USDA works to preserve grass-fed labeling guidelines

Industry groups remain concerned that percentage claims could threaten integrity of 100% grass-fed marketing claims.

In response to significant criticism from producers and consumers of sustainable meats following revocation of the grass-fed label claim in early 2016, the U.S. Department of Agriculture released an animal production claims guidance document intended to ward against misleading label claims.

For nearly a decade, USDA’s Agricultural Marketing Service (AMS) had overseen a voluntary labeling program for grass-fed livestock products that was well recognized by farmers and consumers alike. Earlier this year, however, AMS withdrew the standard, claiming that USDA's Food Safety & Inspection Service (FSIS) was actually the agency with the legal standing to oversee the label claim.

Following the AMS revocation of the standard, allied agricultural and consumer organizations urged FSIS to adopt the rescinded AMS standard – a respected label claim that had been developed over three years with robust stakeholder participation.

Conventional producers raise livestock on a diet of approximately 80% grass (forage) and 20% grain. Groups worried that percentage claims such as “80% grass-fed” or “90% grass-fed” would mislead consumers and dilute the meaning of the term to “grass-fed” to an extent that would threaten the livelihood of the farmers and ranchers who created the grass-fed market.

National Sustainable Agriculture Coalition (NSAC) policy director Ferd Hoefner welcomed the release of the FSIS guidance document, saying, “We are pleased that FSIS has clarified through this guidance that any label claim using the term ‘grass-fed’ must meet a 100% grass-fed standard. Taking this action was necessary to preserve the label’s strong reputation, and we applaud FSIS’s swift response to producer and consumer concerns following AMS’s withdrawal of the standard earlier this year.”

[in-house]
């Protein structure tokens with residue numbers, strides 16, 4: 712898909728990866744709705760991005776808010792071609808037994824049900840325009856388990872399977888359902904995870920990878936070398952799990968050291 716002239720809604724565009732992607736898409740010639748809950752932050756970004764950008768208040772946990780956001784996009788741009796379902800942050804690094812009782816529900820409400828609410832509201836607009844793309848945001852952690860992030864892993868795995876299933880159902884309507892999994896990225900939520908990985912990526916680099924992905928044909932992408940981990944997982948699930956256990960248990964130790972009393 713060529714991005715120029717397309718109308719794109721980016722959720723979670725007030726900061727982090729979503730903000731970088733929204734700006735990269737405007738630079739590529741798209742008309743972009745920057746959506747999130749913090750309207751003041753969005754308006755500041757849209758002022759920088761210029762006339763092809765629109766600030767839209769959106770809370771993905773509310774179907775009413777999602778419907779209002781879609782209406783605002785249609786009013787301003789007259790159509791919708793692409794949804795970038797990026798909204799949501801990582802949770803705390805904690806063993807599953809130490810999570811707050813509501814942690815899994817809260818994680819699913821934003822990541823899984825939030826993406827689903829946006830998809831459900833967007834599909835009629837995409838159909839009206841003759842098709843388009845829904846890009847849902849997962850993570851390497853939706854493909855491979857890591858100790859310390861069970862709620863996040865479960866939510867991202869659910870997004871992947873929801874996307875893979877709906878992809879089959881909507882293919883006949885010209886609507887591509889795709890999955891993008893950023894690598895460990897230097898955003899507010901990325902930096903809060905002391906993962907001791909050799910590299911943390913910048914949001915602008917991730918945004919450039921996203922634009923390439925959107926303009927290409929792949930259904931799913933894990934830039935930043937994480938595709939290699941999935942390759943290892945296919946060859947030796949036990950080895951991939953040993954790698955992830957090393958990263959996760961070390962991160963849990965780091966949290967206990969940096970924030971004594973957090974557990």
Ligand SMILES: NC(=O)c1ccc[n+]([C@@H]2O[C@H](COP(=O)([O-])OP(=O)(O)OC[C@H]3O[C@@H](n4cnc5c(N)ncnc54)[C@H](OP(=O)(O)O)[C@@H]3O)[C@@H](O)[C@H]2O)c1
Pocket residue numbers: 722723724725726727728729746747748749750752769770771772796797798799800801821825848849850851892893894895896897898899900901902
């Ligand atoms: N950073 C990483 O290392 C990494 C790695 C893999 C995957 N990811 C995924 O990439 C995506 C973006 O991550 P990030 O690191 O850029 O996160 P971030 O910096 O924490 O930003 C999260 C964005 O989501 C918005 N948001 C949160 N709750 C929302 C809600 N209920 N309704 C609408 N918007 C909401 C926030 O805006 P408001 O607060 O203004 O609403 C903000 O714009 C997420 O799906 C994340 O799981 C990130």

Hoefner said NSAC appreciates that FSIS requires access to pasture during the growing season as part of the grass-fed definition. “This was not part of the original AMS standard but is certainly a valuable addition,” he said.

“The guidance is not perfect, however, and subsequent grass-fed claims will require stringent scrutiny. Even with this new guidance, FSIS can still approve lesser label claims, such as ‘75% grass-fed’ or ‘80% grass-fed.’ These claims are misleading for consumers and harmful to the farmers and ranchers who have built their reputations — and, indeed, an entire industry — on the 100% grass-fed standard,” he said.

Hoefner noted that USDA needs the legal authority to not only enforce strong, pro-farmer, pro-consumer standards but also to reject misleading claims. “We will continue to support FSIS in upholding a strong, 100% grass-fed label claim standard while also advocating for an improved process that does not leave the door open for misleading, lesser claims,” he said.

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